Crime Library: Criminal Minds and Methods

The Kidnapping and Murder of Brooke Hart

'My Boy is Gone!'

"Hart Boy Slain, Kidnapper Says," said the Washington Times. "Concrete Blocks Used in Hart Murder," was the headline in the Washington News on November 17. "Let Justice Be Swift!" said one San Francisco newspaper. "Seek Noose For Hart Killers!" said another. Everywhere, but especially in the southern California area, the media offered a non-stop barrage of sensational headlines that kept the public on the edge of their seats. Nowhere were the passions as high as in Santa Clara and Alameda Counties.

Federal agents continued to question the subjects throughout the night. "The sheriff and his deputy and the Chief of Police being merely onlookers," said one F.B.I report of the interrogation. It was later decided that both suspects undergo psychological tests to ascertain their mental state and prepare for a possible insanity defense. Dr. Frederick Proescher, Chief Pathologist from the county hospital supervised the exam. But when he tried to interview Thurmond in his cell about his actions during the kidnapping, he refused to cooperate. "My brother told me not to talk," he said, "I'd rather not say anything about it." Proescher later issued a report that both men were normal and displayed no signs of mental defects. The prisoners were transported back to San Jose and remanded to the County Jail on Market Street.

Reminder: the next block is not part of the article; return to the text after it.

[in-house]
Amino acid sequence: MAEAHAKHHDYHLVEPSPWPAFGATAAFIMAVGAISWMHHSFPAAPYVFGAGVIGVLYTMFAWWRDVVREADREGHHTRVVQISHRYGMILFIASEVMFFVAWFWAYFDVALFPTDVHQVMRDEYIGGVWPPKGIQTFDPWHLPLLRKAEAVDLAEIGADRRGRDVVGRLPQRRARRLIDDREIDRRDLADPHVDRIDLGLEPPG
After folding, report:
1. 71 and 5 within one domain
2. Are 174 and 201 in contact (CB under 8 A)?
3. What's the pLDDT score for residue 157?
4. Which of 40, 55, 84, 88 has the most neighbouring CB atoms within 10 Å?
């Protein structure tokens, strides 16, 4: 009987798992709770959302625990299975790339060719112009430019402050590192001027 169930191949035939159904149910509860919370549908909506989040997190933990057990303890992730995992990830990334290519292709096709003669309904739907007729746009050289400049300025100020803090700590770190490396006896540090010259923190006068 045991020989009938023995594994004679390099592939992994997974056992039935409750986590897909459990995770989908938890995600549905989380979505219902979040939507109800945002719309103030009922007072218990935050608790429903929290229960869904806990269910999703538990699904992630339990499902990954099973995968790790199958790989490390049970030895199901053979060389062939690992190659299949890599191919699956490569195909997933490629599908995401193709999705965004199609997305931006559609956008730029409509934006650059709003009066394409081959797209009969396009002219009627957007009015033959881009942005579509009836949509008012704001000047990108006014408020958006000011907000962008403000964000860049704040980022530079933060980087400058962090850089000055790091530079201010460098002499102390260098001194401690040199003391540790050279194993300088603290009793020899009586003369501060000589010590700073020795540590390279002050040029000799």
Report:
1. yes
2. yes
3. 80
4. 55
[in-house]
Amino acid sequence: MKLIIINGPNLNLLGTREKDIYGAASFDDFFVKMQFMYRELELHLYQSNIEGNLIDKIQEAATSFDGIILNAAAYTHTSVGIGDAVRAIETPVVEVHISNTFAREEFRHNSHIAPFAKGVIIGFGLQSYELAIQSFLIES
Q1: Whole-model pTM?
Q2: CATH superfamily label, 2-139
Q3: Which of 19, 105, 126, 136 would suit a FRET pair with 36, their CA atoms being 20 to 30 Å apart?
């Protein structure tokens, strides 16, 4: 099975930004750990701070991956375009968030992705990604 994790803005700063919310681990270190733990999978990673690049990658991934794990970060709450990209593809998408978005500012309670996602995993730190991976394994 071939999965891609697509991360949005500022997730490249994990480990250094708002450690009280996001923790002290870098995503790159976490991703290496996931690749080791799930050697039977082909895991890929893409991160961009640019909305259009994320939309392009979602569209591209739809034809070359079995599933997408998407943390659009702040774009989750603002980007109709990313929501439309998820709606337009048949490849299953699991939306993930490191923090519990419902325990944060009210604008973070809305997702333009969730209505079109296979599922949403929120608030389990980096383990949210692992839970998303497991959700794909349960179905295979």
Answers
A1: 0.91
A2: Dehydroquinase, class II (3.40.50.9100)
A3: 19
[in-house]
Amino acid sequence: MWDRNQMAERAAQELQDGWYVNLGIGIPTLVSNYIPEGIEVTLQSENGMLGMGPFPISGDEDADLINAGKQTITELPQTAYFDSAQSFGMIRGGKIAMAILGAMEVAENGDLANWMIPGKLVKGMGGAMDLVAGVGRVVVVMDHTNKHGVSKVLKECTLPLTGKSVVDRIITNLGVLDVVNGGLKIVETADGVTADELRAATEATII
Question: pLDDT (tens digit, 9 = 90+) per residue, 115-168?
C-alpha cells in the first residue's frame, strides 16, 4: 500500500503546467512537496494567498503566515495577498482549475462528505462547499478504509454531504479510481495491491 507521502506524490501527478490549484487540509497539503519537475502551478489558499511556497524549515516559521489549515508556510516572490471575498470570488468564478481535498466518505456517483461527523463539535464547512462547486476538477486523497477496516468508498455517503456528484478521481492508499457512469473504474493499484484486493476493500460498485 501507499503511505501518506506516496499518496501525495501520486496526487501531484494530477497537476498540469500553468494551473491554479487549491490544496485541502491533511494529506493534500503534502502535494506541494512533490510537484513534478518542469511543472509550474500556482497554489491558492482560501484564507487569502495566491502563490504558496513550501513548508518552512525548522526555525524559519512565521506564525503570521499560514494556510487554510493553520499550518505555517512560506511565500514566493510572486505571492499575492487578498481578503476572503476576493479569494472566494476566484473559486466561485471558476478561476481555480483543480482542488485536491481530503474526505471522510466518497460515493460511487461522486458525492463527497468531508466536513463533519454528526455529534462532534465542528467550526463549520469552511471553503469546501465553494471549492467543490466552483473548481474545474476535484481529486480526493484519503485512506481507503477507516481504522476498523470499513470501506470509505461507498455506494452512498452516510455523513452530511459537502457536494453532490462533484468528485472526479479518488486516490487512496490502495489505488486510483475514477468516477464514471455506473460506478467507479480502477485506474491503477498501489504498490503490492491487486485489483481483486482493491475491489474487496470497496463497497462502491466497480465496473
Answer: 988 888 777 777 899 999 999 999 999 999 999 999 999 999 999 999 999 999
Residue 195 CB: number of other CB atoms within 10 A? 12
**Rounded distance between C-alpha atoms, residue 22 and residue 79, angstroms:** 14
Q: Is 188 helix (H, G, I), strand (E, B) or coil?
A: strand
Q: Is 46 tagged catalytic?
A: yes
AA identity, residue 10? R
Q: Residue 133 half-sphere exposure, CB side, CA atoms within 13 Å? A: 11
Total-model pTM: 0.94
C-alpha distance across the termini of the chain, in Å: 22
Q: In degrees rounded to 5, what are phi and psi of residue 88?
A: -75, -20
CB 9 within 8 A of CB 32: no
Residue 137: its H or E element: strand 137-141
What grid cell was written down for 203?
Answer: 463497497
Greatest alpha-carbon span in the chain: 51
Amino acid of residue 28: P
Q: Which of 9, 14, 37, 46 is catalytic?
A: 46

In the meantime, the Hart family was trying to accept the possibility that Brooke was probably dead. They consented to an interview with the San Francisco Chronicle in which Alex Hart talked about his grief.

"My boy is gone!" he told the press, "Neither words, nor actions, either, can bring him back. Mrs. Hart is well. She is as well as can be expected. But she is confined to her room under care of physicians and nurses." Mariam and Aleese, Brooke's sisters were taking the news hard and declined to be seen in public. "They are well and very brave," Alex Hart said, "They are a great comfort to us during this difficult period." As he spoke, Hart walked among his flower gardens while the press followed behind him. "Everyone has been so kind," he continued, "and there is not a single member of this family who is not deeply appreciative of the consideration we have received."

Younger Jackie Coogan, in an early role
Younger Jackie Coogan, in
an early role

On November 13, a police search party turned up a white pillowcase floating in the waters off the Alameda County coastline. The item was brought to Sheriff Emig's office for further examination. It was known that one of Brooke Hart's close friends, child actor Jackie Coogan, had lost a similar pillowcase while he and Brooke were at a football game. Speculation was that it somehow wound up in Brooke's car and tossed into the bay by the kidnappers. Coogan was called in to view the item but denied it belonged to him. Word circulated around town that prior to dumping Brooke Hart into the sea, his kidnappers had placed a pillowcase over his head. To the public, it was very much like an execution.

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